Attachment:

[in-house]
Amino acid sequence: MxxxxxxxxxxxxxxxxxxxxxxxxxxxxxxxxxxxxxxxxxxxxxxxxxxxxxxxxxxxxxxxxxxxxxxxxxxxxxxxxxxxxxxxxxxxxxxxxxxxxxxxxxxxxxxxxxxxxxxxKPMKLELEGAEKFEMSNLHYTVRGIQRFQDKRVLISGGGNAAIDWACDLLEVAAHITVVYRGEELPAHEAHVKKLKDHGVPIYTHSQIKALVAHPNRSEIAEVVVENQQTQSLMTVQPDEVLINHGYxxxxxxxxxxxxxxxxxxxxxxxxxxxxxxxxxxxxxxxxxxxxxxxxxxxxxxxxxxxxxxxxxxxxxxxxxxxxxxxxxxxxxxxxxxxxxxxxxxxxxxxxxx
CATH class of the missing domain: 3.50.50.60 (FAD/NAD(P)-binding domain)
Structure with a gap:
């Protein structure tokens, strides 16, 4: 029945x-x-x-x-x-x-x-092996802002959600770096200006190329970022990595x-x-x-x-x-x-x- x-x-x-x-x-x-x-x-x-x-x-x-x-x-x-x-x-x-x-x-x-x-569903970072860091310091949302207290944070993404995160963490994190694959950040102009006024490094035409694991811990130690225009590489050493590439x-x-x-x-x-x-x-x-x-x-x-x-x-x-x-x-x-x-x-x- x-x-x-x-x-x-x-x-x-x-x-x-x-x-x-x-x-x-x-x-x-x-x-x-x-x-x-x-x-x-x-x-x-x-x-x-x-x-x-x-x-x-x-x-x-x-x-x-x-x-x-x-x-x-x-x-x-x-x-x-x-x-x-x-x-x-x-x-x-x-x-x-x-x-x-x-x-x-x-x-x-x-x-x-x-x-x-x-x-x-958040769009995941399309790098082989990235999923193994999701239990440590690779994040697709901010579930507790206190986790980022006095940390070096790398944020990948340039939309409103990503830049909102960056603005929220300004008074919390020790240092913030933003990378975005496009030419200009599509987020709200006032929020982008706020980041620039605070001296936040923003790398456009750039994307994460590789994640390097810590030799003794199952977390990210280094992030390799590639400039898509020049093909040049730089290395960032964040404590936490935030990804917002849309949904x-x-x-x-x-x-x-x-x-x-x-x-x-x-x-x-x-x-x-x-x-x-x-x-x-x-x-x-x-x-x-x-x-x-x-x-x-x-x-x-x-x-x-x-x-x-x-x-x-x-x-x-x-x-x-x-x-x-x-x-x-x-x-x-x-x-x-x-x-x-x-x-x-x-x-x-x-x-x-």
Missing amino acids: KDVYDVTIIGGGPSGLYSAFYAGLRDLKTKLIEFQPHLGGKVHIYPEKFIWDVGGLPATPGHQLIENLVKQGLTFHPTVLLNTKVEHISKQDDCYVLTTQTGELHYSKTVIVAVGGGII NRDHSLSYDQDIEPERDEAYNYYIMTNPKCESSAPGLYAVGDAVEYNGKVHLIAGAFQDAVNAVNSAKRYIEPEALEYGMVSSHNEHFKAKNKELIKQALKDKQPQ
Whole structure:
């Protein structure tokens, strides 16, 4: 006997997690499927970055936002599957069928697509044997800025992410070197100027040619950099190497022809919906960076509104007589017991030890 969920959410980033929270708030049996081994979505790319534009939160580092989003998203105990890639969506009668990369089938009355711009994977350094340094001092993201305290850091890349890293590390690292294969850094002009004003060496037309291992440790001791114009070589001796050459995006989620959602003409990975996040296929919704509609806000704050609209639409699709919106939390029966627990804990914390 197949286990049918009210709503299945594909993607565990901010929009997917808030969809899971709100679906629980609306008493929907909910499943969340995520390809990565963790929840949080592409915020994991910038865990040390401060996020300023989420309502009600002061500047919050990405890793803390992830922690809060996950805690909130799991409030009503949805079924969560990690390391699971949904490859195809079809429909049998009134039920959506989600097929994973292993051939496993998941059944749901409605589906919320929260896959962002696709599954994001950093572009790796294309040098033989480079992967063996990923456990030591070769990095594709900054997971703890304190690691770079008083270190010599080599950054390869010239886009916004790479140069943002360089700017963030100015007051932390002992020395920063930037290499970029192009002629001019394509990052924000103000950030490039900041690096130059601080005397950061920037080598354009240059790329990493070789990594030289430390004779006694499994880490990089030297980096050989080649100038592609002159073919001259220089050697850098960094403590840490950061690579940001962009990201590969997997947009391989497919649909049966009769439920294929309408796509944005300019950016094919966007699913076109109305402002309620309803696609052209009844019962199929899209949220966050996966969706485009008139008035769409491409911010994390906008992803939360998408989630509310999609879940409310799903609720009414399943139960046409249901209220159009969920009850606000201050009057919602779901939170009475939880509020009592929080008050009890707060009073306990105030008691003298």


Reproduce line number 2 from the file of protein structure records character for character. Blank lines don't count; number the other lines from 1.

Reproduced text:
Amino acid sequence: MxxxxxxxxxxxxxxxxxxxxxxxxxxxxxxxxxxxxxxxxxxxxxxxxxxxxxxxxxxxxxxxxxxxxxxxxxxxxxxxxxxxxxxxxxxxxxxxxxxxxxxxxxxxxxxxxxxxxxxxKPMKLELEGAEKFEMSNLHYTVRGIQRFQDKRVLISGGGNAAIDWACDLLEVAAHITVVYRGEELPAHEAHVKKLKDHGVPIYTHSQIKALVAHPNRSEIAEVVVENQQTQSLMTVQPDEVLINHGYxxxxxxxxxxxxxxxxxxxxxxxxxxxxxxxxxxxxxxxxxxxxxxxxxxxxxxxxxxxxxxxxxxxxxxxxxxxxxxxxxxxxxxxxxxxxxxxxxxxxxxxxxx